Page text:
Political Rewind: Sentencing in murder of Ahmaud Arbery; A look at social justice in Georgia
Family and friends of Ahmaud Arbery gathered to mourn his death and pray for three guilty verdicts in October prior to the November conviction. The group retraced Arbery’s final steps down Satilla Drive where the young man went on his last run. The trial pushed Brunswick, Ga., into the national spotlight — a spotlight many in the community dread. Credit: Riley Bunch, GPB News
Elijah Bobby Henderson — Co-founder, A Better Glynn
Margaret Coker — Editor-in-Chief, The Current
Patricia Murphy — Columnist, The Atlanta Journal-Constitution
Tiffany Williams Roberts — Public Policy Director, Southern Center for Human Rights
1. Judge Timothy Walmsley sentences Greg and Travis McMichael to life in prison without the possibility of parole.
- Judge Walmsley issued the sentences this afternoon, following our 9 a.m broadcast.
- Last November, Travis McMichael was found guilty of all nine counts against him, including one count of malice murder and four counts of felony murder. Travis' father, Greg McMichael was found not guilty of malice murder. But he was convicted on the other eight counts, including four counts of felony murder.
- Their neighbor, William “Roddie” Bryan, has been sentenced to life in prison with the possibility of parole.
2. Meanwhile, a federal hate crimes trial of the three men is scheduled to begin next month.
- Jury selection in the hate crimes trial is scheduled for Feb. 7. The trial will determine if Travis and Gregory McMichael and William Roddie Bryan violated Arbery's civil rights, unjustly pursuing and threatening him on a public street because he was Black.
- The trial will include a jury drawn from a pool of 1,000 residents beyond Glynn County.
The Current's Margaret Coker said a jury pool from a wider geographic area of Georgia is only one of the differences in the federal hate crimes trial set to begin in February.
3. While media attention largely remains on the trial, community organizers in Glynn County push for structural changes and concrete reforms for working-class residents.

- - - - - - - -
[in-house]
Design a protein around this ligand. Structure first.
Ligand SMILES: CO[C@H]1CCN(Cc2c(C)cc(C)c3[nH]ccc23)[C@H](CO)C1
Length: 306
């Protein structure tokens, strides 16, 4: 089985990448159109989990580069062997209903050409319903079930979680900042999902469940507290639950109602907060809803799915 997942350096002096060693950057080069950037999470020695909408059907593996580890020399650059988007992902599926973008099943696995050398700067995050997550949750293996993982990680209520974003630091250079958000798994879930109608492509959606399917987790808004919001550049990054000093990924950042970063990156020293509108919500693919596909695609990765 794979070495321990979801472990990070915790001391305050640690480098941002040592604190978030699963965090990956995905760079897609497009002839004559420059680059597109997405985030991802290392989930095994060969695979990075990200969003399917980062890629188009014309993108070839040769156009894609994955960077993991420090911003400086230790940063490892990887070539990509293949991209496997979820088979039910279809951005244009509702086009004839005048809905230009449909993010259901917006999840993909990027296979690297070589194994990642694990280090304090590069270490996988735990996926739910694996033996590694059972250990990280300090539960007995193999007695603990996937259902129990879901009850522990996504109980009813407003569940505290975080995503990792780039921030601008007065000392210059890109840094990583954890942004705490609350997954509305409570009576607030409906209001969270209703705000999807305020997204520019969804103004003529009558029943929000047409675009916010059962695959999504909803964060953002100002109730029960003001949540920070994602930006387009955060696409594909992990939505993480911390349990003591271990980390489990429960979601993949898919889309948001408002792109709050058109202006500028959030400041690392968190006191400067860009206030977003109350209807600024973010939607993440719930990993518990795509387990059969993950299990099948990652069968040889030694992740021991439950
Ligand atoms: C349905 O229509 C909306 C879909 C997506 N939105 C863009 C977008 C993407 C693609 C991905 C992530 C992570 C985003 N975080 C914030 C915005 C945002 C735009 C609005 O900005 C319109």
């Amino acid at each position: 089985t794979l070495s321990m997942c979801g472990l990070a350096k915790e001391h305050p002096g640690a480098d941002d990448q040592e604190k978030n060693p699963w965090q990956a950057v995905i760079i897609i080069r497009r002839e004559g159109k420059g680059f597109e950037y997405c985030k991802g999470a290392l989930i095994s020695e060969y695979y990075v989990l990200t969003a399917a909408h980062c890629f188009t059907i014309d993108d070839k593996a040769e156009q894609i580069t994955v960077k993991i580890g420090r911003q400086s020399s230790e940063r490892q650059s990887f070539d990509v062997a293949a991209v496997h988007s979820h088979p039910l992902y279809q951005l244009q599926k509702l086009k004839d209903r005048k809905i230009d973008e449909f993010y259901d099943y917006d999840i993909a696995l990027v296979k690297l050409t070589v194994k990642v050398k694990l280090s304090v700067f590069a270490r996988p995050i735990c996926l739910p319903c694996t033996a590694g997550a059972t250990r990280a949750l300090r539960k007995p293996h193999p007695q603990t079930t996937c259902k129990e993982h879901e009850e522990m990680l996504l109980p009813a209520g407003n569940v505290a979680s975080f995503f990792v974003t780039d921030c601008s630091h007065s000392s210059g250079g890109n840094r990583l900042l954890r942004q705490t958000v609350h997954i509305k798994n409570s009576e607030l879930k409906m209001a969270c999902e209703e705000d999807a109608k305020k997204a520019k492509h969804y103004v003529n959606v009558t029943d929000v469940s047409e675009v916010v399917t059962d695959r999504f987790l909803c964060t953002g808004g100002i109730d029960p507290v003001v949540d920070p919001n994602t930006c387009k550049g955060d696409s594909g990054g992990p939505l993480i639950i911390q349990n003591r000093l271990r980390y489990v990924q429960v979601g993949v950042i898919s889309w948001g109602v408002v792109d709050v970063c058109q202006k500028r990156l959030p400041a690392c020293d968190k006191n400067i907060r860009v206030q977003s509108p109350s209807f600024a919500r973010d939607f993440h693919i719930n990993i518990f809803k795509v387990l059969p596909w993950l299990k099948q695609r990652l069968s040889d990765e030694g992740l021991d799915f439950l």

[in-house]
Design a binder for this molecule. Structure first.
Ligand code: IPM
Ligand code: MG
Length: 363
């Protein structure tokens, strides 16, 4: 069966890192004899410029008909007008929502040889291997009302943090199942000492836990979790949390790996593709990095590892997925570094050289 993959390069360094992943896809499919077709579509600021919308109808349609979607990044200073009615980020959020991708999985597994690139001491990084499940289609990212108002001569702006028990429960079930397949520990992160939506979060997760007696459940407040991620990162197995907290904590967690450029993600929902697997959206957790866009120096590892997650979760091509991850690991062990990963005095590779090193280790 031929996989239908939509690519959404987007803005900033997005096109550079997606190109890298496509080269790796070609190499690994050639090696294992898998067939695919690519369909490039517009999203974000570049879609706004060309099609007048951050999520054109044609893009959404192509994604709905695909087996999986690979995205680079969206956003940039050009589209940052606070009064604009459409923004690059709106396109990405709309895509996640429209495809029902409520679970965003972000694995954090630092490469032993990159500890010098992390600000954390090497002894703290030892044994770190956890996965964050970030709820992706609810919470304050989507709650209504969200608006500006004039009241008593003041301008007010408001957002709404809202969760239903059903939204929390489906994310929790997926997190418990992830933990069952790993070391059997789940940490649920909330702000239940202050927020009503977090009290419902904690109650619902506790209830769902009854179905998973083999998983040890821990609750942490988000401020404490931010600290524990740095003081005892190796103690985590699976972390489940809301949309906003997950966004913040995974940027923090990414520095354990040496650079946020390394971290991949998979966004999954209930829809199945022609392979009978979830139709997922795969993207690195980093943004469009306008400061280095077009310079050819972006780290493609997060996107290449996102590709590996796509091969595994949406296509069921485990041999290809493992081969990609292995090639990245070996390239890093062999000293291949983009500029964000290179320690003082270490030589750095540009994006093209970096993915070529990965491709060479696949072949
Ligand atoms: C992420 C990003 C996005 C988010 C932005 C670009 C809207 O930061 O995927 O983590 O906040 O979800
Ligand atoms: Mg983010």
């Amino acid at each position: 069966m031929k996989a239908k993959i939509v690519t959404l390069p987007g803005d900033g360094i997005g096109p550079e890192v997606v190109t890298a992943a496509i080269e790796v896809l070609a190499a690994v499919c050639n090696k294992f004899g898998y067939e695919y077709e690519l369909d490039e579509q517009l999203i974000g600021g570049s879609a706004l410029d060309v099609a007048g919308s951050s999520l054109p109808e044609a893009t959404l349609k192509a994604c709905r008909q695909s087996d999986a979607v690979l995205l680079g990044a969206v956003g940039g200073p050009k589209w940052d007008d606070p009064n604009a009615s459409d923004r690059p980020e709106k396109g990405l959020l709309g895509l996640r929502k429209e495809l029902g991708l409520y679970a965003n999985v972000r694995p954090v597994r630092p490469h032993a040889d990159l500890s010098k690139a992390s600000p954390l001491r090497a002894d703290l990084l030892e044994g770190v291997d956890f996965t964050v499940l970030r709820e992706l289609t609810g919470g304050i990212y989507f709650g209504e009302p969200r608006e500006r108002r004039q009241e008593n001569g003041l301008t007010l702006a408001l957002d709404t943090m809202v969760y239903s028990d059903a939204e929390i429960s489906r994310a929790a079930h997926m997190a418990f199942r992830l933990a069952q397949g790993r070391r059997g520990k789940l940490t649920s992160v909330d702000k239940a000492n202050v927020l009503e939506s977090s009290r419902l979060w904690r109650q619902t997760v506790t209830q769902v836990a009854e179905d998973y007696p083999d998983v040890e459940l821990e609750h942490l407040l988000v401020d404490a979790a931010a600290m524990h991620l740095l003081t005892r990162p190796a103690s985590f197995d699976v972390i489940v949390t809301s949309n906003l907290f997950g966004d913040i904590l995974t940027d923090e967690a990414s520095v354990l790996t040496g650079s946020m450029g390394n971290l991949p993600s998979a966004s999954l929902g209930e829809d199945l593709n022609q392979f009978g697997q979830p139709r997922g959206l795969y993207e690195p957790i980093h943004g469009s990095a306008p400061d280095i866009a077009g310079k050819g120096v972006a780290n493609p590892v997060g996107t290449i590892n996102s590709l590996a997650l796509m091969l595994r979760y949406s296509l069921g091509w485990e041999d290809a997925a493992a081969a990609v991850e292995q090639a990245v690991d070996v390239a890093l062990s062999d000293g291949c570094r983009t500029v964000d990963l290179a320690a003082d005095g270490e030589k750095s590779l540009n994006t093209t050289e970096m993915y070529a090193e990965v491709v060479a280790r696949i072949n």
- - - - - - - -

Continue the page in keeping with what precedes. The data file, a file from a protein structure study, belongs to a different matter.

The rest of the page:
- A Better Glynn is a new community organization with a stated aim of increasing civic engagement among local working-class communities and advocating for their needs,
- The nonprofit's goals include informing residents about elections and organizing voters to hold elected officials accountable.
Co-founder Elijah Bobby Henderson said as evidence of racial animus comes forward in the federal trial, A Better Glynn's mission will continue to be to make a difference in the lives of working-class residents.
4. Frustration at slow movement of federal voting rights laws promised by the Biden administration.
- Next Tuesday, President Joe Biden and Vice President Kamala Harris are scheduled to visit Atlanta to push for federal legislation protecting voter rights.
- Opposition from Republicans left the federal voting rights legislation stalled in 50 to 50 in the Senate, where Democrats lack the 60 votes need to overcome a filibuster. Biden and fellow Democrats have been under extreme pressure by advocates of the bill to change Senate rules to eliminate or weaken the filibuster, but moderate Democratic Sens. Joe Manchin of West Virginia and Kyrsten Sinema of Arizona oppose the changes.
Next week on Political Rewind:
Dr. Audrey Haynes, Jim Galloway and Dr. Tammy Greer are set to join our panel Monday.
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